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Jacques OFFENBACH (1819-1880)
The Tales of Hoffmann – score completed by Guiraud (1881)
(Translation; Arundell sung in English)
Hoffmann - Robert Rounseville (tenor)
Olympia – Dorothy Bond (soprano)
Giulietta – Margherita Grandi (soprano)
Antonia – Ann Ayars (soprano)
Coppelius, Daperutto and Dr Miracle – Bruce Dargavel (bass-baritone)
Nicklausse – Monica Sinclair (mezzo-soprano)
Spalanzani and Frantz – Grahame Clifford (baritone)
Schlemil, Crespel and Hermann – Owen Brannigan (bass)
Cochenille and Pitichinaccio – Murray Dickie (tenor)
Luther – Fisher Morgan (bass)
Nathaniel – René Soames (tenor)
The Sadler’s Wells Chorus
Royal Philharmonic Orchestra/Sir Thomas Beecham
Plus a previously unissued excerpt of Beecham playing piano extracts from the opera [15.39]
SOMM BEECHAM 13-2 [2 CDs: 141.27]

 

This set of The Tales of Hoffman is the soundtrack to the famous Powell-Pressburger film of 1951 though it was recorded at Shepperton Studios in 1947 for Decca. Looking back at the Record Guide of the early 1950s and reading the review of this performance – a bit of a stinker – prepared me for the worst. But in the end I found much here that is compelling, though it can’t be denied that the orchestral contribution is on something of a different plane from that of the singers, a rather incongruous multi-national bunch. Messrs Shawe-Taylor and Sackville-West were in fine snickering form when they traduced the American tenor Robert Rounseville as a Yankee college boy. Well, transatlantic he may have been but that’s no impediment to suave characterisation. In fact he’s perfectly acceptable if not outstanding. There’s a bit of spread toward the bottom of his compass but he brings energy to a role I could imagine would well have suited Heddle Nash, rather better really than Rounseville. His Olympia is Dorothy Bond, fearless in coloratura and strikingly dramatic. Margherita Grandi’s Giulietta is perhaps just too elegant for the role but Welsh bass-baritone Bruce Dargavel makes a strong showing; the voice is not always perfectly centred but in compensation he has bags of character and is one of the stars of this performance. In the smaller roles we have a veritable cornucopia of emergent talent; Monica Sinclair shows real embryonic talent as Nicklausse, querulous, demanding and suitably assured; well-sustained bottom of her range as well, even this early in her career. Owen Brannigan takes three little roles being especially sarcastic as Schlemil, Offenbach’s little joke of a name. Murray Dickie, later of course a stalwart in Vienna, is here in the roles of Cochenille and Pitichinaccio. One of the more intriguing turns – that’s the best way I can describe it – is that of Grahame Clifford. Now Clifford was a famous member of D’Oyly Carte’s troupe and there’s more than a whiff of the London stage about his impersonation and patter. He does a fine parlando act for example in There sleep in peace in the First Act though I can certainly imagine that this won’t be to all tastes and even more so is his eyebrow cocking G and S knockabout in And now, Ladies and Gentlemen later on in the Act.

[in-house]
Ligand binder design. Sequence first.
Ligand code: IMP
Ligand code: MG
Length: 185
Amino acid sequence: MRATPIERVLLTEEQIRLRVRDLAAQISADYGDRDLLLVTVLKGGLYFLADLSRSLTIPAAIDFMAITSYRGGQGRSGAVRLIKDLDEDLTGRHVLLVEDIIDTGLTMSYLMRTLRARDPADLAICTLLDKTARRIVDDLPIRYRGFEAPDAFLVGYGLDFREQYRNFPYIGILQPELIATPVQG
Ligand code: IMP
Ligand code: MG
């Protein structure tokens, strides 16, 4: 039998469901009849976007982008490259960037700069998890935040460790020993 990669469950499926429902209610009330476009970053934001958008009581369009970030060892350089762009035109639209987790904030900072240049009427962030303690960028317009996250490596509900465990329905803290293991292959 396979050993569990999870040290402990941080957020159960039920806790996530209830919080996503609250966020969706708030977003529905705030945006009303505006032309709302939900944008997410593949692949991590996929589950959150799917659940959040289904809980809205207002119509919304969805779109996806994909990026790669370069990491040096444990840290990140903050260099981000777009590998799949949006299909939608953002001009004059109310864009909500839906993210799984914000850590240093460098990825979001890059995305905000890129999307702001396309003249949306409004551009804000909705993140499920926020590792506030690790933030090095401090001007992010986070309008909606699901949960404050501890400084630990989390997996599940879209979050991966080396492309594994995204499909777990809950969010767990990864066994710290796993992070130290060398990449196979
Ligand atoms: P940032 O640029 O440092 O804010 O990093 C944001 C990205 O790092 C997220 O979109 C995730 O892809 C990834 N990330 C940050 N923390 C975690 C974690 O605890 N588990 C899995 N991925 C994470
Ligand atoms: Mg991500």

There are other obvious points to note. There are very heavy cuts and the opera is sung in English in the Arundell translation. The Chorus is on firmly Anglo form in the Guests’ Chorus – more Marylebone than Montparnasse - but contribute their relatively light share to the proceedings. The orchestra is on song - really splendid. They are ebullient in the Prologue’s Finale, percussion to the fore, brass ringing and are wonderfully alert in Her reputation well deserved where Beecham allows woodwind pointing of marvellous wit. The strings shine behind Rounseville in his dramatic Act II Fair Angel and the principal clarinet (Reginald Kell?) shines brightly in the Third Act No more to sing alas. Beecham, of course, is the real star, a ringmaster who had been acquainted with the work since at least 1910 when he’d actually gone into the recording studios in his very first sessions to record snippets from the opera (for Columbia with Caroline Hatchard, Walter Hyde, Frederick Ranalow and Edith Evans. Yes, that Edith Evans). His affection and dramatic impetus are everywhere apparent, his control of tension and line, his limpid accompaniments and eruptive Francophile drive. As an adjunct and selected from more than two hours of surviving material is a fifteen minute segment of Beecham going through the opera on the piano whilst singing – the word is an approximation for the sounds that are emitted by the knighted orifice – bits of the score for Powell and Pressburger’s delectation (they didn’t know the score; it was the conductor who had originally approached them).

So in conclusion this is hardly likely to be anyone’s first or fourth choice. It’s cut, in English, with some quixotic voices. But the recorded sound has come up really very well. There is joie de vivre from Beecham and orchestral excellence as well as a treasurable sense of time and of place, which I found frequently uplifting.

Jonathan Woolf

 

 



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